The New Year is upon us and with that comes retaining the strong components of your 2012 digital strategy and building upon them. It’s also the time to plan for future installations and where you’d like to take your business over the next 12 months.
I love the beginning of the New Year. It’s a fresh start, a clean slate to reset all that you tried to accomplish — and hopefully you were able to — and move forward in new directions. Before each year, I write down 10 personal and professional goals I’d like to achieve. I’ll be completely honest: I don’t always reach all of them. It’s disheartening, but sometimes other things come into the picture that overtakes those preconceived goals.
This blog was actually one of my goals to get off the ground last year. I love writing, have done it for over a decade now. But that writing was primarily while covering professional sports. Instead, I wanted to write about the primary industry I’ve been working in for just as long: Digital Media. This blog gives me an outlet to share my insights on that landscape, one month at a time.
My 2013 goals are already set in binary text in Evernote. I look forward to working hard — goals should never be easy — towards them. I have 365 days to make them happen. Starting today, I’m on it.
Here are a five goal suggestions for your online business in 2013:
1. Increase revenue $X: Take last year’s total revenue number and increase it by a percentage between 8 to 10 percent. That’s a reasonable amount to grow in a year’s time if you saw positive trends in the year prior.
2. Increase conversion X percentage: Not everyone who visits your website buys something. It should be a goal of yours, however, to get the percentage of people who do up a few points. Shoot for the 3-5% range.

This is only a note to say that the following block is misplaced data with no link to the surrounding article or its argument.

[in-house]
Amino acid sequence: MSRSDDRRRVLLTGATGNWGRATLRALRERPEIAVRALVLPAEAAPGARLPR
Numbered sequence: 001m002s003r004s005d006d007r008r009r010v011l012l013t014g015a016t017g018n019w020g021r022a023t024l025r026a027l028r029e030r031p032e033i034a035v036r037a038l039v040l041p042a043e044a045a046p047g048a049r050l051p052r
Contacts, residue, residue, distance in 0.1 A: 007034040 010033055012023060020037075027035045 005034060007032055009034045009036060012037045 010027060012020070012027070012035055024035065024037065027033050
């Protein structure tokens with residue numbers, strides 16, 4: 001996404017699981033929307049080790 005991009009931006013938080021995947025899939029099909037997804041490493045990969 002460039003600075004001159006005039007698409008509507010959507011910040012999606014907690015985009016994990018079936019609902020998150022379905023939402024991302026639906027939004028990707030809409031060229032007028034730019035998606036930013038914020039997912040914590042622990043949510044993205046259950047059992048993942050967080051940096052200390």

3. Increase customers: How many different people bought products or subscribed to services on your website last year? More customers give you more customer info, which is all useful as you try to place products in front of them that they’ll want to buy.
4. Add a new service: Not organized enough with your email database? Bring MailChimp on board. Not efficient enough with your customer service response? Add ZenDesk to your arsenal. In short, find what’s not working or an area that’s lacking and improve. If it helps, great! If not, you’ve at least eliminated that as an area that can help increase suggestions 1, 2 and 3.
5. Do some M/V testing: I’ll cover this more in-depth later this year, but M/V testing is a great way to determine what works best for your customers. You may think on design or product placement is the way to go, but testing it against another option, the customer base’s response may tell you otherwise. Google Analytics has a free tool to do some basic M/V testing.
Have a very happy New Year!